The density functional theory (DFT) based hard-soft acid-base (HSAB) reactivity indices, including the electrophilicity index, have been successfully applied to many areas of molecular chemistry. In this work we test the applicability of such an approach to fundamental surface chemistry. We have considered, as prototypical surface reactions, both the hydrogenation of atomic nitrogen and the dissociative adsorption of the NH molecular radical. By use of a DFT methodology, the minimum energy reaction pathways, and corresponding reaction barriers, of the above reactions over Zr(001), Nb(110), Mo(110), Tc(001), Ru(001), Rh(111), and Pd(111) have been determined. By consideration of the chemical potential and chemical hardness of the surface metal atoms, and the principle of electronegativity equalization, it is found that the charge transferred to the NH radical during the process of dissociative adsorption correlates very well with that determined by Mulliken population analysis. Furthermore, it is found that the stability of the NH/surface transition state complex relates directly to this charge transfer and that the trend in transition state stability predicted by a HSAB; treatment correlates very strongly with that determined by DFT calculations. With regards to N hydrogenation, we find that during the course of the reaction, H loses cohesion to the surface, as it must migrate from a 3-fold hollow site to either a bridge or top site, to react with N. Partial density of states (PDOS) and Mulliken population analysis reveal that this loss of bonding is accompanied by charge transfer from H to the surface metal atoms. Moreover, by simple modeling, we show that the reaction barriers are directly proportional to this mandatory charge transfer. Indeed, it is found that the reaction barriers correlate very well with the electrophilicity index of the metal atoms.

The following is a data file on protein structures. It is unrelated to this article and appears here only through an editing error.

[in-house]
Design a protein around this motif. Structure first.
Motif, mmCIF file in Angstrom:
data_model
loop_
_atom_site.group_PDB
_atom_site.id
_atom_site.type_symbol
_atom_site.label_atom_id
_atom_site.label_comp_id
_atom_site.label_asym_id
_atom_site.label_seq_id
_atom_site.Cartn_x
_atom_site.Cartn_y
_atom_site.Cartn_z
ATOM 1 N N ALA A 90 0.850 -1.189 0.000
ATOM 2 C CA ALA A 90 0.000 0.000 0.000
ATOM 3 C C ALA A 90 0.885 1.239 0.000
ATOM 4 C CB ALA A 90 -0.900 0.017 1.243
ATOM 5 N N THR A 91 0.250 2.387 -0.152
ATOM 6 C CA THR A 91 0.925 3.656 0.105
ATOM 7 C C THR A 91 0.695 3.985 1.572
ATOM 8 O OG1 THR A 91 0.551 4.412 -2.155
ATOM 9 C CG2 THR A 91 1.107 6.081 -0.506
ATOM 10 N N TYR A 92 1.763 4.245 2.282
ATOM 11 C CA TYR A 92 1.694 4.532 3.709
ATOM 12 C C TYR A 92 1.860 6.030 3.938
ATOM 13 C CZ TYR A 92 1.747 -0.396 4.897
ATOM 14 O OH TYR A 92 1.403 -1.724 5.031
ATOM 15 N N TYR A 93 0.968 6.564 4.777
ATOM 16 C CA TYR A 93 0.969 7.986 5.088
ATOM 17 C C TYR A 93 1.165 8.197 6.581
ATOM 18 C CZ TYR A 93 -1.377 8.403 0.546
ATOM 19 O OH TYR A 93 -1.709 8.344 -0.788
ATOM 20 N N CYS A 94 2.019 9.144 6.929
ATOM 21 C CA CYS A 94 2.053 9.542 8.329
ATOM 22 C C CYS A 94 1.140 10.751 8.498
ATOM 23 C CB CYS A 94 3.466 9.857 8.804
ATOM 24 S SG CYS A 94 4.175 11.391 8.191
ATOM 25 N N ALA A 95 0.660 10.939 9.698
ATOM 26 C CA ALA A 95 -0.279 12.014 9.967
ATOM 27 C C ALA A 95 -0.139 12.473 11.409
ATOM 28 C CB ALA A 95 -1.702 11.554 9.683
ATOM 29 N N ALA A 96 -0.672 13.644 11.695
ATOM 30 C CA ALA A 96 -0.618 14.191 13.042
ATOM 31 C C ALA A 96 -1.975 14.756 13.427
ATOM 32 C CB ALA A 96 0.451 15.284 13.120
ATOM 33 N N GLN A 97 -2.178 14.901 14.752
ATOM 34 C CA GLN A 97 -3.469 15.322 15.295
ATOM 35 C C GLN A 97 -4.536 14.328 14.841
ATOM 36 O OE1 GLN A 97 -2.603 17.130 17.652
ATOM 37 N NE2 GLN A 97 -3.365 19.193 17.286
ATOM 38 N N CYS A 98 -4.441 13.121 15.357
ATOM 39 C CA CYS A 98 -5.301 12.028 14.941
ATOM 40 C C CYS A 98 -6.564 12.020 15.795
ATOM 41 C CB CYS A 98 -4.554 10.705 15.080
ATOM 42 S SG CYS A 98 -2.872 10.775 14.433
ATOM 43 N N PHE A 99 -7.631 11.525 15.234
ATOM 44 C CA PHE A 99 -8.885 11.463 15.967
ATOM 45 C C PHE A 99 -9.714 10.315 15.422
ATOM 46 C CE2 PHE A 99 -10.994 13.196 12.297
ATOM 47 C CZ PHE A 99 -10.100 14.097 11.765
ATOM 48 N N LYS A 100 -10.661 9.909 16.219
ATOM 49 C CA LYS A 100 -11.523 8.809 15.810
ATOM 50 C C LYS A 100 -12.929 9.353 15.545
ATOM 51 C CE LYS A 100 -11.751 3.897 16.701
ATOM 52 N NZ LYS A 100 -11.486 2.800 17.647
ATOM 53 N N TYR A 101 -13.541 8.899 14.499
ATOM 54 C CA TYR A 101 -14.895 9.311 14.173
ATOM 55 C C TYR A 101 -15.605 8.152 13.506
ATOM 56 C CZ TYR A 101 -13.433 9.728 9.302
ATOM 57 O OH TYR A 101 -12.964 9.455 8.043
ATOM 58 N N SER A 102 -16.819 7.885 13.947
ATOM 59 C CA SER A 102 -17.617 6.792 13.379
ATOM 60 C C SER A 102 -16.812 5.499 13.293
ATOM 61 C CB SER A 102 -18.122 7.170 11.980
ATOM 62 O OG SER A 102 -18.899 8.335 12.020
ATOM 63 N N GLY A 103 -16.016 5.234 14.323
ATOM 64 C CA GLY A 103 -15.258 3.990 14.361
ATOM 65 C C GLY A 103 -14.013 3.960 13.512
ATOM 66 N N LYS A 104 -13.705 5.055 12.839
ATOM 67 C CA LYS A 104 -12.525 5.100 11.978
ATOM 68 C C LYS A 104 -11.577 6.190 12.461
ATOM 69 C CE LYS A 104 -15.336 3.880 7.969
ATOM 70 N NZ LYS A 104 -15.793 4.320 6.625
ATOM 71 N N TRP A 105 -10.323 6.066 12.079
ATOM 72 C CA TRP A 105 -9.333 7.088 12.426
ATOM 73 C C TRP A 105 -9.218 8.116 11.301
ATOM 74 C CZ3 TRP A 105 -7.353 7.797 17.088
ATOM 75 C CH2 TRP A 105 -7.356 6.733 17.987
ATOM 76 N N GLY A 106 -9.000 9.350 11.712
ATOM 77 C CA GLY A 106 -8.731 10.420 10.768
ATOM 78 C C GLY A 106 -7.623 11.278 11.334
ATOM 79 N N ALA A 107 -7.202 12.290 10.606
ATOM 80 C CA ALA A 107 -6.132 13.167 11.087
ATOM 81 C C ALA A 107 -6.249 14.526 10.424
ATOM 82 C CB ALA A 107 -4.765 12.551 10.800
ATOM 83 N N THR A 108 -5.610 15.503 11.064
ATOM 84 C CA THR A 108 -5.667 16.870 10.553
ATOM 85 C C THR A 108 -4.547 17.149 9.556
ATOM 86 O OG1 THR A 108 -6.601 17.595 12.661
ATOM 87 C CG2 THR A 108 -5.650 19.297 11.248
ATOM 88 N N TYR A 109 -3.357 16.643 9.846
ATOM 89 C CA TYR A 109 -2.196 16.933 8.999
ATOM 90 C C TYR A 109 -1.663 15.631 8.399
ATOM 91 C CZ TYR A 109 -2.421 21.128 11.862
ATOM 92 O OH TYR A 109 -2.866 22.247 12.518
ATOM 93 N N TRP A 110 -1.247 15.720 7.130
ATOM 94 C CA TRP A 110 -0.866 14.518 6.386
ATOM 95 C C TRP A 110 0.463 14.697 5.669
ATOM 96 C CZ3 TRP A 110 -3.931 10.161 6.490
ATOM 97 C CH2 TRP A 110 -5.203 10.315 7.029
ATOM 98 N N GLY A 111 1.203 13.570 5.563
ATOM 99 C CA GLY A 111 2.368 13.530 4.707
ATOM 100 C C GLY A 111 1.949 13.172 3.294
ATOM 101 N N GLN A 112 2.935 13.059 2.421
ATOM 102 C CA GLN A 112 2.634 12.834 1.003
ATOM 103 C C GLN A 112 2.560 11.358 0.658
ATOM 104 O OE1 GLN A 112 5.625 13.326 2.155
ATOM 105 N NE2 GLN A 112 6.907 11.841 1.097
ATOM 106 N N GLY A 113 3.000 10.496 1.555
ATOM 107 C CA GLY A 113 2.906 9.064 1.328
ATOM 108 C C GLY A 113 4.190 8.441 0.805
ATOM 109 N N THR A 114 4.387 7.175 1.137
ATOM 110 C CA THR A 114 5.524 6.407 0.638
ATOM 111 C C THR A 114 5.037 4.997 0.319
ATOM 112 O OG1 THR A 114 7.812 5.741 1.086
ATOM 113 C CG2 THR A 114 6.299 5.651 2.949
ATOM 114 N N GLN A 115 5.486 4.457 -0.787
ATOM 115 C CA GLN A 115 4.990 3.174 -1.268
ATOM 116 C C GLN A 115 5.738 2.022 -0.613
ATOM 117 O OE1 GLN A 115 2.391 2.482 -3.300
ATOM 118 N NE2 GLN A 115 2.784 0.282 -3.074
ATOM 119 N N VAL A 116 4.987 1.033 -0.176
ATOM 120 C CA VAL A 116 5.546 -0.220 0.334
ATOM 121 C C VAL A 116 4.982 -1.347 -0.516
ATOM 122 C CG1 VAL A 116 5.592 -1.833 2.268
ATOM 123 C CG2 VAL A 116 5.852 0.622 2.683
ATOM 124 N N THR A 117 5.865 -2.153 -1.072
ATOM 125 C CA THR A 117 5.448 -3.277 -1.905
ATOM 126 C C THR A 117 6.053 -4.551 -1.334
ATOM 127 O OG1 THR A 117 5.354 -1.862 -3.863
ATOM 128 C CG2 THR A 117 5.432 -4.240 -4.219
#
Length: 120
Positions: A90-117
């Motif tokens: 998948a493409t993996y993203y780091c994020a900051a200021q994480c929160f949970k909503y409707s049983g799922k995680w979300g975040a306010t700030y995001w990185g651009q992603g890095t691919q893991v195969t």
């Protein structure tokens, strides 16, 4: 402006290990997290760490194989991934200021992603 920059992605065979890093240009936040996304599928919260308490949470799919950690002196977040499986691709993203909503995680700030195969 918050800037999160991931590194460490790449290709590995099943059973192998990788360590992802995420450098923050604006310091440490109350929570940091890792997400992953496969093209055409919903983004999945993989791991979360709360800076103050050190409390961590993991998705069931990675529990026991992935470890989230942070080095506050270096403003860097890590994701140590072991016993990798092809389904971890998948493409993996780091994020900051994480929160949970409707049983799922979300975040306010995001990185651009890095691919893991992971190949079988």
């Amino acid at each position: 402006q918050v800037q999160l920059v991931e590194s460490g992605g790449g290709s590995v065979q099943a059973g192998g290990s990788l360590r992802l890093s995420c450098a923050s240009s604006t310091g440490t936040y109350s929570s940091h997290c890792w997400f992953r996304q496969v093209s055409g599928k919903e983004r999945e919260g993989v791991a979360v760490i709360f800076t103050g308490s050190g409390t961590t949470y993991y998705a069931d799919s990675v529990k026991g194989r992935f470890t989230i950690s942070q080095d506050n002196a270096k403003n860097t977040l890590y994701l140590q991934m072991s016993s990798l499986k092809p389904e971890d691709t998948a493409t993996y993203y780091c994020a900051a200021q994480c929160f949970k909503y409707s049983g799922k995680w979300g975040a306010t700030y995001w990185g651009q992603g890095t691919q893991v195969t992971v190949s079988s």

ASJC Scopus subject areas
- Physical and Theoretical Chemistry